Session 198

Perspectives on CEO Succession

Track F

Date: Monday, October 12, 2009


Time: 12:45 – 14:00


Room: Meeting Room 3

Session Chair:
Guoli Chen, INSEAD

Title: Do You Get What You Pay For? Compensation of New CEOs Hired in Turnaround Situations


  • Guoli Chen, INSEAD

Abstract: This paper investigates the initial compensation package of new CEOs hired in turnaround situations. I argue that firms in turnaround situations pay their new CEOs more than do comparable firms that are not in turnaround situations, and that they tend to use a higher percentage of stock-based pay. Such relations are stronger for externally appointed CEOs. I further argue that higher pay attracts talented executives who are more capable, experienced, and well connected to acquire critical resources, and thus will improve post-succession performance. With 98 new CEOs hired in turnaround situations and 431 peers in non-turnaround situations, I find general support for my arguments. I discuss the implications of my study on CEO compensation, corporate governance and corporate turnaround literature.

Title: The Decision to Fire a CEO Immediately versus Retain a Lame Duck: Industry Factors


  • Richard Gentry, University of Mississippi
  • Jennifer Knippen, Eckerd College

Abstract: Much attention in the CEO succession domain has focused on predicting the antecedents of a CEO leaving his or her office. There has been a great deal of work focusing on what performance and environmental concerns lead to the a CEO leaving office and considerable effort focused on how a CEO can avoid being forced out. Much less examined is the process that firms adopt when the decision has been made to replace the incumbent CEO. This paper examines the effect of environmental factors on the likelihood of replacing the incumbent CEO immediately, versus using his/her tacit knowledge to ease the transition of the incoming CEO.

Title: The Effects of CEO Succession on Corporate Restructuring and Strategic Change


  • Shih-Chi Chiu, Nanyang Technological University
  • Richard Johnson, University of Missouri
  • Seemantini Pathak, University of Missouri - St. Louis
  • Robert Hoskisson, Rice University

Abstract: Drawing from behavioral agency theory, this paper examines the effects of CEO succession and CEO origin (inside versus outside) on the strategic actions of firms undergoing portfolio restructuring. We argue that differential risk orientations between insiders and outsiders can influence subsequent restructuring strategies. Counter to the conventional assumption regarding the strategic change associated with an outside succession, we argue that inside successors would perform more intense divestiture activities than outside successors due to more risk experienced by such insiders from outside owners. Additionally, we posit that insiders prefer selling related businesses and outsiders prefer selling unrelated businesses because of their different risk preferences. Finally, we examine the moderating effects of ownership concentration and board independence on reducing a CEO’s intention to select a restructuring strategy that helps minimize executive employment risk at the expense of shareholder interests.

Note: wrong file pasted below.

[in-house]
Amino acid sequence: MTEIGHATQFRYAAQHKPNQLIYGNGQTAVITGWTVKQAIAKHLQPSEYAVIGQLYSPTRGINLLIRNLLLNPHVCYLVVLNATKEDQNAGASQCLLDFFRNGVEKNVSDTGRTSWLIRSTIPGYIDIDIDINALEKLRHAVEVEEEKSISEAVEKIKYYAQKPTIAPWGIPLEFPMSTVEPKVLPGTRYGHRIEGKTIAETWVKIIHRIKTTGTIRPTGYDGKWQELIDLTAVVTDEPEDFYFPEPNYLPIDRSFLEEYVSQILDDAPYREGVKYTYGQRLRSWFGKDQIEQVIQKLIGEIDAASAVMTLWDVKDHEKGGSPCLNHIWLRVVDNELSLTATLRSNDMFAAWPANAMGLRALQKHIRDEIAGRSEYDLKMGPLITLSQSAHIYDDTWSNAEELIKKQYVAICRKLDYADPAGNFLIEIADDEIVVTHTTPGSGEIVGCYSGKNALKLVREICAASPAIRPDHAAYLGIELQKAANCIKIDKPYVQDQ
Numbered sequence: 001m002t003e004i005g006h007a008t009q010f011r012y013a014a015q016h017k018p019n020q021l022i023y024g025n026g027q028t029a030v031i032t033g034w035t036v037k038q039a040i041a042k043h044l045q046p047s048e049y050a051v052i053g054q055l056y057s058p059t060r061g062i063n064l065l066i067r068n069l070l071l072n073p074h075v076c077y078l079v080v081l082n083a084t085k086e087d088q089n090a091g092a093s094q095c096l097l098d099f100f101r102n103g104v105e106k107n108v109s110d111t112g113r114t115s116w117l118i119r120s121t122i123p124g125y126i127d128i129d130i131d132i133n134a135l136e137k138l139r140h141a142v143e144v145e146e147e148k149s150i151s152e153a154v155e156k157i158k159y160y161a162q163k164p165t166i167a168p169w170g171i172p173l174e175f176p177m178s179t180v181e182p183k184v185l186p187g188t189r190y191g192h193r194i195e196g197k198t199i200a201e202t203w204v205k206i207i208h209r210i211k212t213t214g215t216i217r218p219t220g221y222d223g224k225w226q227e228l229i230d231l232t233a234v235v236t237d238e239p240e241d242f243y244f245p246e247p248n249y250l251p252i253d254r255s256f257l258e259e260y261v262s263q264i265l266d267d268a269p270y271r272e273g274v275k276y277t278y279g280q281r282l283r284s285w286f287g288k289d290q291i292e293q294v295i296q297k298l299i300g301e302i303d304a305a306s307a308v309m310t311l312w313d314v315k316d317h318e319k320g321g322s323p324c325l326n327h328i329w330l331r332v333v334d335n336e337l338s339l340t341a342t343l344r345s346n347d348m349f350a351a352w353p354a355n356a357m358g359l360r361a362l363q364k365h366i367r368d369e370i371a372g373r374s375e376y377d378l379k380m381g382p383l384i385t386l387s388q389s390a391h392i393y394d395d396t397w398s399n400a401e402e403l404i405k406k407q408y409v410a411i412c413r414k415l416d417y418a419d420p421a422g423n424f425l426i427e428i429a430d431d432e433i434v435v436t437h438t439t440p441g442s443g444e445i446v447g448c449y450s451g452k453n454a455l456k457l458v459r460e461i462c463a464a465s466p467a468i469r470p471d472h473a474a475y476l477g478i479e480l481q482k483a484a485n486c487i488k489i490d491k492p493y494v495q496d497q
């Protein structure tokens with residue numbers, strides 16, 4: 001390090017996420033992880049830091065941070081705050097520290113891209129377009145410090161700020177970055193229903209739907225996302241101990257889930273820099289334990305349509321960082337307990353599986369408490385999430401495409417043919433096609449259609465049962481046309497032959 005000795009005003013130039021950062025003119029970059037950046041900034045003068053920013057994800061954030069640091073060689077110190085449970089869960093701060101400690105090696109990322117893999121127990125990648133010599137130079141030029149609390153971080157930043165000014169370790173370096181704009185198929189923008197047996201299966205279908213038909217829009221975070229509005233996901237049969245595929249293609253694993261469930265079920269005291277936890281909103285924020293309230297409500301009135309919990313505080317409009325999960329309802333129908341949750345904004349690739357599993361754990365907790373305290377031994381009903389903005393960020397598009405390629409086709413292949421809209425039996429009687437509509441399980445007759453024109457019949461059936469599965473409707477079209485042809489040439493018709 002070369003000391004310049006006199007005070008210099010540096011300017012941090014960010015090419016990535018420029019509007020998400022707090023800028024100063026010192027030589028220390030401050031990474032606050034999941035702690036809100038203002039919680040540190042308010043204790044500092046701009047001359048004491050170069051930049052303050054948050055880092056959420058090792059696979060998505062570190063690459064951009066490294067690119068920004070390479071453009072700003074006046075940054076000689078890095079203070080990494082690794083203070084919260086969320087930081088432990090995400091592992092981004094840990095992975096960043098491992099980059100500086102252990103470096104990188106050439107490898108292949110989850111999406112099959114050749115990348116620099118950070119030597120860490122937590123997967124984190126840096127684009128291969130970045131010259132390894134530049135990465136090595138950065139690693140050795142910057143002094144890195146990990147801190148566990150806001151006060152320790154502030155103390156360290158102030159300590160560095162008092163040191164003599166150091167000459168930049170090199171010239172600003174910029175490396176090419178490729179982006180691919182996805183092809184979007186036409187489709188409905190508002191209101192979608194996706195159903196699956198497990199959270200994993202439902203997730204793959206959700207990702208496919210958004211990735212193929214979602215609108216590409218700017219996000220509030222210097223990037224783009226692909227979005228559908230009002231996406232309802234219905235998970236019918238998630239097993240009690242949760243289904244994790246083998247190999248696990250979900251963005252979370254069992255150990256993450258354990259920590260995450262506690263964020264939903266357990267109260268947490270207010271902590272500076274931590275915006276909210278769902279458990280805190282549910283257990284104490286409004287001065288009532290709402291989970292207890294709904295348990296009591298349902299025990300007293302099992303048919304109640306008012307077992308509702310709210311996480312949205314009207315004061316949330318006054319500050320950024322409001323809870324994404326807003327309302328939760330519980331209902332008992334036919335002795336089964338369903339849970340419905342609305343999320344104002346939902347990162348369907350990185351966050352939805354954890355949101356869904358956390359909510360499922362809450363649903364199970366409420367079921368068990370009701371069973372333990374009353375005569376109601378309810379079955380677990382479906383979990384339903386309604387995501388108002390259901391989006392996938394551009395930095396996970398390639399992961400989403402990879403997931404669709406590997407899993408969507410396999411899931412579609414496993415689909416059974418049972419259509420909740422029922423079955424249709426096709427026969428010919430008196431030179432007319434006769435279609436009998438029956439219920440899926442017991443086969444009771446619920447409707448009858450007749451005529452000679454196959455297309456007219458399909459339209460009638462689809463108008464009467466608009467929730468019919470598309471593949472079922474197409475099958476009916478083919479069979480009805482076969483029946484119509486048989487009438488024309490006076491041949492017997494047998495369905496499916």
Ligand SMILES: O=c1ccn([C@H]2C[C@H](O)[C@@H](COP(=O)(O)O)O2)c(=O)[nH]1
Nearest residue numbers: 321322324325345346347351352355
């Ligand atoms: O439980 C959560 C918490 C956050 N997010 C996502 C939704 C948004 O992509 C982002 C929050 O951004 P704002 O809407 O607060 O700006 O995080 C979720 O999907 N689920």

Title: The Moderating Roles of Human and Social Capital in CEO Successions


  • Hao Chen, University of Texas-Dallas
  • Haibin Yang, City University of Hong Kong
  • Zhiang Lin, University of Texas at Dallas

Abstract: While there is a general recognition on the importance of firm performance in CEO successions, much less is known about the social and human capital conditions that may moderate such a relationship. This study develops a comprehensive theoretical framework of CEO successions based on the resource based view (RBV) and the social network perspective. We show how successors’ human and social capital, as complement and substitute for performance considerations, can alter how firms select their CEO successors (outsiders vs. insiders, as well as contenders vs. followers). Our initial analyses of the U.S. computer industry for 14 years have largely supported our framework.

All Sessions in Track F...

Sun: 10:00 – 11:30
Session 260: Writing Workshop for Doctoral Students and Junior Faculty
Sun: 13:00 – 14:30
Session 261: Shareholder Primacy and Corporate Policy
Sun: 15:00 – 16:30
Session 262: The Role of Government in M&A Activity
Sun: 16:30 – 17:30
Session 310: Corporate Strategy & Governance, IG Meeting
Mon: 12:45 – 14:00
Session 198: Perspectives on CEO Succession
Session 228: Business Groups, Alliances, and Contracts
Mon: 15:45 – 17:00
Session 229: Alliances and Corporate Strategy
Session 230: Ownership Determinants and Consequences
Mon: 17:15 – 18:30
Session 194: CEOs and Top Management Teams
Session 197: Diversity, Identity, and Corporate Governance
Session 233: Top Executives and Directors in Organizational Dynamics
Tue: 10:00 – 11:15
Session 199: Executive Compensation
Session 200: Social Psychological Perspectives of CEOs
Tue: 11:30 – 12:45
Session 195: Competitive Dynamics of Business Groups
Session 234: Constraints and Catalysts on Corporate Growth
Tue: 14:30 – 15:45
Session 226: Relatedness, Dominant Logics, and Other Diversification Logics
Session 231: Institutions and Agents
Wed: 10:00 – 11:15
Session 227: Corporate Strategy & Diversification
Session 232: Stakeholders in the Corporate Governance Equation
Wed: 11:30 – 12:45
Session 196: Behavioral Perspectives on Boards of Directors
Session 225: Acquisitions and Corporate Strategy

Strategic Management Society

Washington DC